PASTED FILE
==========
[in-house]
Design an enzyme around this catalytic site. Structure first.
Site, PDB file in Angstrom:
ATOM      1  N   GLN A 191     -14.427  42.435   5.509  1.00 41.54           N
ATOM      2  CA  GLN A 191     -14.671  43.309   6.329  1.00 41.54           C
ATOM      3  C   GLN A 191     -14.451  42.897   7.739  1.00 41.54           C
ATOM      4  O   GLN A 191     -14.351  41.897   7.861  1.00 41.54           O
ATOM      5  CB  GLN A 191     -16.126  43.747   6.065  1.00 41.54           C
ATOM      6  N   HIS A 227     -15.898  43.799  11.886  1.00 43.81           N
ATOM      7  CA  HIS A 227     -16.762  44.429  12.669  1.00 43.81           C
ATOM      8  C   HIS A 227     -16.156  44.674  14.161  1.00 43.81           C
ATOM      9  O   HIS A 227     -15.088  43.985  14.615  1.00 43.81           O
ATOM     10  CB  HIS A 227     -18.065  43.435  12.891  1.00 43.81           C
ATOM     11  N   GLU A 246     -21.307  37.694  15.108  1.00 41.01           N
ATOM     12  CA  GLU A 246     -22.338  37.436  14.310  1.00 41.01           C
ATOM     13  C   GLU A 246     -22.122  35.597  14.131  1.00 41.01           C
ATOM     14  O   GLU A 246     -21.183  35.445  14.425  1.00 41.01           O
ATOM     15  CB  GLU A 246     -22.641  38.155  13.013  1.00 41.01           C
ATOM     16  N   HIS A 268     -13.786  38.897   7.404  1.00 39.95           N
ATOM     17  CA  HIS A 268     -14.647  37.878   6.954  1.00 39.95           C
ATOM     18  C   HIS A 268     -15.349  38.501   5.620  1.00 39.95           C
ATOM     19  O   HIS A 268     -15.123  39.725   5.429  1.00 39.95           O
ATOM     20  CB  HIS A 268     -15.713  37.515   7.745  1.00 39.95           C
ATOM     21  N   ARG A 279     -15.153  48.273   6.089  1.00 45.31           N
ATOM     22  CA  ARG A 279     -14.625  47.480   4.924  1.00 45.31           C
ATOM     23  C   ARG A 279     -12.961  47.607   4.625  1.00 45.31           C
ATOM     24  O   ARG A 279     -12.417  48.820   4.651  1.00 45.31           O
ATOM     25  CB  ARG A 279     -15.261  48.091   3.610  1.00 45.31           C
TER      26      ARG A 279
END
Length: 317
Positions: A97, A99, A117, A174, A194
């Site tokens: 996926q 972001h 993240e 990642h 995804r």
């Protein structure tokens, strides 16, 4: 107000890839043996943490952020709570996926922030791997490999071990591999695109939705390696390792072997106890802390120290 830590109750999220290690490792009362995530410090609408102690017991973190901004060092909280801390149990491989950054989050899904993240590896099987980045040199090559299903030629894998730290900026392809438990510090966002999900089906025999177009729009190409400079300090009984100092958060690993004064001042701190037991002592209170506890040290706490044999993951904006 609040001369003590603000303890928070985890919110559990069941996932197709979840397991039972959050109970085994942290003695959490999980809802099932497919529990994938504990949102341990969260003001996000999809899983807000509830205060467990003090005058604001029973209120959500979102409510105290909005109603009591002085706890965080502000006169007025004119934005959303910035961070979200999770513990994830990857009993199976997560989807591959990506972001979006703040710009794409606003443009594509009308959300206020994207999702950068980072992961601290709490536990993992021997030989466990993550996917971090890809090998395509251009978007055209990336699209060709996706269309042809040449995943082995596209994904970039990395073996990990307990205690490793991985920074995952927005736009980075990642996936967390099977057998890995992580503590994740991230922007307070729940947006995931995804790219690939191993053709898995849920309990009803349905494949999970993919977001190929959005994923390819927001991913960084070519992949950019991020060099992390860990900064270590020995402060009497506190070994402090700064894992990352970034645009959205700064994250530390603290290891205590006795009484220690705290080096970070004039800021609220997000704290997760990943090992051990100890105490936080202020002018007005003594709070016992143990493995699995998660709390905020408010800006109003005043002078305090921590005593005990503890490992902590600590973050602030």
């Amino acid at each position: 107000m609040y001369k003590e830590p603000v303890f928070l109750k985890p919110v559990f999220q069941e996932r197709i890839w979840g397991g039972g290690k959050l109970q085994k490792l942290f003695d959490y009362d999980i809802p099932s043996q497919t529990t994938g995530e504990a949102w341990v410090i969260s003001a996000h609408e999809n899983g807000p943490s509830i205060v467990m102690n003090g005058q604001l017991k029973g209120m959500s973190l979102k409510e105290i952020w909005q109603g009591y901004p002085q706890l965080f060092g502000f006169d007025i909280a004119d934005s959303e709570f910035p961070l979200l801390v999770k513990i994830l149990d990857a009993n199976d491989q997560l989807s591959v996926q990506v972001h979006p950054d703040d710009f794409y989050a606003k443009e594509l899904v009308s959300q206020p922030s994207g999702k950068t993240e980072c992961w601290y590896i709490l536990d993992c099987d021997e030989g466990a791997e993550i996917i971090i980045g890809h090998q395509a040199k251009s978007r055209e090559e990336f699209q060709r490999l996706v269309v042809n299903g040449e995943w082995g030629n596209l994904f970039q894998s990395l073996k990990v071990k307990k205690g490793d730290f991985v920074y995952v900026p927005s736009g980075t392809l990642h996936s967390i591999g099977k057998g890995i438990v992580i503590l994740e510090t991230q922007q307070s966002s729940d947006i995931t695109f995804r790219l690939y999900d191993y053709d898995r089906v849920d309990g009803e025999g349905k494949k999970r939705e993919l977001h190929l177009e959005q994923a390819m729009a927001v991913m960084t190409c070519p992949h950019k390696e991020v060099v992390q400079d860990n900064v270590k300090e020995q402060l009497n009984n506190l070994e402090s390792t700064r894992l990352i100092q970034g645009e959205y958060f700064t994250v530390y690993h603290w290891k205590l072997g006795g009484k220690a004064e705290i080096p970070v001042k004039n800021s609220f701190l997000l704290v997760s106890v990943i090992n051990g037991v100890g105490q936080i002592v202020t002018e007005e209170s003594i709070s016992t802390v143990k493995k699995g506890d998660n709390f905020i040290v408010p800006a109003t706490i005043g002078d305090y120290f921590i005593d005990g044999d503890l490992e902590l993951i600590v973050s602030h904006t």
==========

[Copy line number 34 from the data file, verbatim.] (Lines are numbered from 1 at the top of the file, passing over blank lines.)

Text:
């Protein structure tokens, strides 16, 4: 107000890839043996943490952020709570996926922030791997490999071990591999695109939705390696390792072997106890802390120290 830590109750999220290690490792009362995530410090609408102690017991973190901004060092909280801390149990491989950054989050899904993240590896099987980045040199090559299903030629894998730290900026392809438990510090966002999900089906025999177009729009190409400079300090009984100092958060690993004064001042701190037991002592209170506890040290706490044999993951904006 609040001369003590603000303890928070985890919110559990069941996932197709979840397991039972959050109970085994942290003695959490999980809802099932497919529990994938504990949102341990969260003001996000999809899983807000509830205060467990003090005058604001029973209120959500979102409510105290909005109603009591002085706890965080502000006169007025004119934005959303910035961070979200999770513990994830990857009993199976997560989807591959990506972001979006703040710009794409606003443009594509009308959300206020994207999702950068980072992961601290709490536990993992021997030989466990993550996917971090890809090998395509251009978007055209990336699209060709996706269309042809040449995943082995596209994904970039990395073996990990307990205690490793991985920074995952927005736009980075990642996936967390099977057998890995992580503590994740991230922007307070729940947006995931995804790219690939191993053709898995849920309990009803349905494949999970993919977001190929959005994923390819927001991913960084070519992949950019991020060099992390860990900064270590020995402060009497506190070994402090700064894992990352970034645009959205700064994250530390603290290891205590006795009484220690705290080096970070004039800021609220997000704290997760990943090992051990100890105490936080202020002018007005003594709070016992143990493995699995998660709390905020408010800006109003005043002078305090921590005593005990503890490992902590600590973050602030």